So what are these signs of nascent consciousness? Well, in March of 2007 the Army War College put on a two day symposium entitled (oddly enough) “The National Security Implications of Global Climate Change.” Good start, anyway. Then in April, a group of senior active and retired military personnel submitted a report (prepared by the Center for Naval Analysis) that states without pulling any punches: “Projected climate change poses a serious threat to America’s national security” and “Climate change, national security and energy dependence are a related set of global challenges” (download the report here).

Then, on 5/11/07, Michael McConnell, Director of National Intelligence, stated in a letter to the House Permanent Select Committee on Intelligence that he considered it entirely appropriate that future National Intelligence Estimates should consider the impact of climate change in their assessments. Unfortunately, and entirely predictably, the White House and a number of Congressional Republicans immediately criticized this position, and worked aggressively in Congress to prevent it’s inclusion in an intelligence appropriation bill. Fortunately, the house later voted 230 to 185 to keep it in.

The White House’s reasoning for this disapproval included the concept that to consider the security implications of climate change in a NIE would divert the intelligence community’s resources from Iraq and Afghanistan. Considering what our senior military leaders are saying about the danger of global warming to us, maybe we ought to call off Iraq (for example) to focus on figuring out this problem before it literally drowns us.

I am impressed that such senior people dare to speak out on a topic that the Administration continues to deny even exists, and continues to work full-bore to undercut any international steps to address. Encapsulating the Administration’s position is a remark by George Tenet, then Director of the CIA, deriding concern about global warming as nothing but “bugs and bunnies.” Once again, this position places us at odds with virtually all of the rest of the world, but thankfully the cracks in this facade are beginning to show.

Little note on the military impact of global warming: under almost any sea-level rising scenario, we will lose our base on the Indian Ocean island of Diego Garcia because it will be under water. It was from Diego Garcia that our B-52s departed to bomb Iraq in both installments of the Iraq war.

Another little note: my vote for some of the best ongoing reporting on global climate is the Washington Post Climate Page.

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Start out by remembering that “terrorism” is really just a tactic that various groups use to achieve their ends, it’s not a unifying political or social philosophy. Groups don’t just decide to become terrorists, they employ terrorism because it works to further their cause. There are other possible tactics; the PLO for most of it’s existence built it’s political base by running schools and opening health-care facilities in the occupied territories when the Israelis refused to do so. But if “terrorism” is a particularly barbaric set of tactics that we wish to discourage in the name of humanity, then we need to understand who is doing it and why.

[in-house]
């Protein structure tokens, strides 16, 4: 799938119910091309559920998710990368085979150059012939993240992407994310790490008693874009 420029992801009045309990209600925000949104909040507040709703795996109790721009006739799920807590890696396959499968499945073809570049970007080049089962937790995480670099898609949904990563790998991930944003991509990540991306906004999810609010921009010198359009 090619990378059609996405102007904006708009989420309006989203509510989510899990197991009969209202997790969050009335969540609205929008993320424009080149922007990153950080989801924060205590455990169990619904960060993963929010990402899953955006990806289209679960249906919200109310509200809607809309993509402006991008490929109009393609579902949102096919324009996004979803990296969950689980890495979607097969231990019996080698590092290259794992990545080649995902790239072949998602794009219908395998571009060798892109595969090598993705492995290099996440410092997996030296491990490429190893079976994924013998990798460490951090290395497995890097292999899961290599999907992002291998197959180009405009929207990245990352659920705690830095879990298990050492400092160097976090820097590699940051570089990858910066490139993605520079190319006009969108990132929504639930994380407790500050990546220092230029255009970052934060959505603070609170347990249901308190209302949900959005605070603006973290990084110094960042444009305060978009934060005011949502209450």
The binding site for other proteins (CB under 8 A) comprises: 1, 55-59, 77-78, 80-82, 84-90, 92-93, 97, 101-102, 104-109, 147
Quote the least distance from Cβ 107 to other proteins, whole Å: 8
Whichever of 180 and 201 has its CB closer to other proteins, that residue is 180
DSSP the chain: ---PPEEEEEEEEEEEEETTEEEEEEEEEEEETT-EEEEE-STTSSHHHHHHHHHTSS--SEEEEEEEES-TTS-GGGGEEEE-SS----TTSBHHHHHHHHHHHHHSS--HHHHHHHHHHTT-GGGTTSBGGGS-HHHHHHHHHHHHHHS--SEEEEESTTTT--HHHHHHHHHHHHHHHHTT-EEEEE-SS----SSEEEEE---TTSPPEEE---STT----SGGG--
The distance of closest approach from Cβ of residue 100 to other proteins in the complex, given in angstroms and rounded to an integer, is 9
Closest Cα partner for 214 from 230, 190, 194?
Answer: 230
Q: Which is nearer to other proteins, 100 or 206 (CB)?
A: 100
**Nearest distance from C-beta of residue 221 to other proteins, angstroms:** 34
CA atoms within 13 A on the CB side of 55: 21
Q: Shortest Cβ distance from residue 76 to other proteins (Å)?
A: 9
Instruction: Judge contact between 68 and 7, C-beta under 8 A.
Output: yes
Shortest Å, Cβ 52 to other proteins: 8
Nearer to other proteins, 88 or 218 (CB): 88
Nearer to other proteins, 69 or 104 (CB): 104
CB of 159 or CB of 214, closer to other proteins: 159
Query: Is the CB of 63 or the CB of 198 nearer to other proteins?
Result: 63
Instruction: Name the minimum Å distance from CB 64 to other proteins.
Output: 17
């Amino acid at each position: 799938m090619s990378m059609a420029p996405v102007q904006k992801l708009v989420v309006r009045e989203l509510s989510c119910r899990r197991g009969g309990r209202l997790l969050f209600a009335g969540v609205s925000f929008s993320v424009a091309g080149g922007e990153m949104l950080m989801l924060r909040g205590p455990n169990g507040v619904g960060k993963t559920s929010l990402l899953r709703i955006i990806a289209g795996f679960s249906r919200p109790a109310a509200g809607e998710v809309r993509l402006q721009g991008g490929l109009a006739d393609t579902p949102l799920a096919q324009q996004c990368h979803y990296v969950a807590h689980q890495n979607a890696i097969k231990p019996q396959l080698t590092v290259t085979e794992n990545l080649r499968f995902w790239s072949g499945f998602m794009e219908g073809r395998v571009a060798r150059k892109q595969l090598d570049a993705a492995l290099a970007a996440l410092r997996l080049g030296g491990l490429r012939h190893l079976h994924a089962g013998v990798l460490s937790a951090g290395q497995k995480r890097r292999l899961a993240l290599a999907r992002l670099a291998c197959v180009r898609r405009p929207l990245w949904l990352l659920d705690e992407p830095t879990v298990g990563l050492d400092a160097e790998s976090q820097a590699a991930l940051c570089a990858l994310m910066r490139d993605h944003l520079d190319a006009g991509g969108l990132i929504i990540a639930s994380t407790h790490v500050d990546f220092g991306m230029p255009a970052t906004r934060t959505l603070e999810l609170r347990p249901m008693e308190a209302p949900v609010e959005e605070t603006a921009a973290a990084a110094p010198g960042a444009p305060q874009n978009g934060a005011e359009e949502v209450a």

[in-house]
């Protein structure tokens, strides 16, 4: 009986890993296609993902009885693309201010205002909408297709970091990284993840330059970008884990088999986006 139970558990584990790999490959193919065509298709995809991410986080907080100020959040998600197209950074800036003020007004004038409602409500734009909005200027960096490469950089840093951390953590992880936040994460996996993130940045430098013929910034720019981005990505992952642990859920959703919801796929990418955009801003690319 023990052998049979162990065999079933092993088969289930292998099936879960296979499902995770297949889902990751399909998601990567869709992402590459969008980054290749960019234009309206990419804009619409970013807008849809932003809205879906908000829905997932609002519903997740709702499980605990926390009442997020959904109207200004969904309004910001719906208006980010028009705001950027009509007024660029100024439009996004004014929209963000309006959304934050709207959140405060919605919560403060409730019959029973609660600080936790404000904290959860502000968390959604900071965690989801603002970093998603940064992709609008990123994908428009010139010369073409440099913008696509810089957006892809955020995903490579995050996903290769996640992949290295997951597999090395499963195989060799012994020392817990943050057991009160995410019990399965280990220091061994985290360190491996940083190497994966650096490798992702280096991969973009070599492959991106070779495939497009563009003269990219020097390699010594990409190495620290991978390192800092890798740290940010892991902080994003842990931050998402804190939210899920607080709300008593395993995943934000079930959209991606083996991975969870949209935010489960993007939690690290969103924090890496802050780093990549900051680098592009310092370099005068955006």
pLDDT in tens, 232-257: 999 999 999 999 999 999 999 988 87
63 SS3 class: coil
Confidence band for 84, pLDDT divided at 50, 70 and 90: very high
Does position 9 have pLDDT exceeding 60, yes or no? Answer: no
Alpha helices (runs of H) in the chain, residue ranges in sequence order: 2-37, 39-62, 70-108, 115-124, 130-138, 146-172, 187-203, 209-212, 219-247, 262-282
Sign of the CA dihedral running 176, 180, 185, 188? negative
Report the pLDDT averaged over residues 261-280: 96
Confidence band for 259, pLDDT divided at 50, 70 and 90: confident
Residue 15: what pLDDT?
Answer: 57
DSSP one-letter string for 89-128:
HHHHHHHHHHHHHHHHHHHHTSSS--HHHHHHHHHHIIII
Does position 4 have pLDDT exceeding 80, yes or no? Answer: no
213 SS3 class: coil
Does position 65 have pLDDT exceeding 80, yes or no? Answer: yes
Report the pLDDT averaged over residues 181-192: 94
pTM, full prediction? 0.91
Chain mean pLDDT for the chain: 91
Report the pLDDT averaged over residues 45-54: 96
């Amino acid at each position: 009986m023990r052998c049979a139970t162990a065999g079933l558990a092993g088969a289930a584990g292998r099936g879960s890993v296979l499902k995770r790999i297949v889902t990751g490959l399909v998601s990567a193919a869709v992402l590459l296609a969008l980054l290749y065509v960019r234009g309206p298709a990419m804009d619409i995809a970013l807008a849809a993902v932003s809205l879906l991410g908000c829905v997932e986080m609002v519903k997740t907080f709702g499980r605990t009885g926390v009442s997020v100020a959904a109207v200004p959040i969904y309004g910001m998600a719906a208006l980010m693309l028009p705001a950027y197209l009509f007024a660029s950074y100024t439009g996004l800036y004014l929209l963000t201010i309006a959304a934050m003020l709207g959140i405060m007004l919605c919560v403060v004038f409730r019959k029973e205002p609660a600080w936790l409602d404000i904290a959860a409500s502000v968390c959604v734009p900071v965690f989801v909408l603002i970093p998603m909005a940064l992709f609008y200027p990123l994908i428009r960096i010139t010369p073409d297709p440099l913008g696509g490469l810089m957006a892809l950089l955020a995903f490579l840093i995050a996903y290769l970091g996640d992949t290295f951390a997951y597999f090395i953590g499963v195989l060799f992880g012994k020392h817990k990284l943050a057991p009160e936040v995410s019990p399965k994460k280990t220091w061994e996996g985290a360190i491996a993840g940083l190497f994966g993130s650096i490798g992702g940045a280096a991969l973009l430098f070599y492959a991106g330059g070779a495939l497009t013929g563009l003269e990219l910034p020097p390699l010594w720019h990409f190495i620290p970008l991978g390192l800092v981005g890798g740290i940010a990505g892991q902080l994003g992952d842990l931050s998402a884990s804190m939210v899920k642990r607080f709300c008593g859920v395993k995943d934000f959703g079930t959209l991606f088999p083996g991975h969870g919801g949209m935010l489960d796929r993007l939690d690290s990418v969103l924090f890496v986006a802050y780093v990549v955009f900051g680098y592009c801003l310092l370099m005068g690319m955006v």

I’ve posted several times regarding the problem with the Bush Administration’s simple-minded “us vs. the world” approach to dealing with terrorists, and argued that we need a more nuanced and localized analysis framework to understanding them, uncovering their motivations, and devising suitable strategies to combating them. Just click on the “terrorism” category to the right to read these earlier posts.

I just ran across a very clear and analytical viewpoint of terrorist types in an original article in Newsvine, by someone who writes under the name “Belarius,” and I wholeheartedly recommend it to you (I recommend Newsvine to you in general, but that’s another story).

For the purposes of his article, Belarius lumps various terrorist or terrorist-support organizations into these groups:

  1. Nationalist revolutionaries (the IRA, Hamas, and Basque separatists)
  2. International ideologues (al Qaeda)
  3. International mercenaries (Blackwater, and other “contractors” we employ in Iraq)
  4. Criminal organizations (mainly traffickers in drugs and women)
  5. Black-market weapons dealers
  6. Governmental organizations

The agendas of these groups sometimes are in alignment and sometimes diverge, and at the least are ever-shifting. Given all this, it’s no wonder that we are being unsuccessful in combating them with infantry and heavy weapons! And certainly the Bush Administration’s constant drumbeat against a single, unified “International Terrorist Organization” accomplishes nothing useful at all.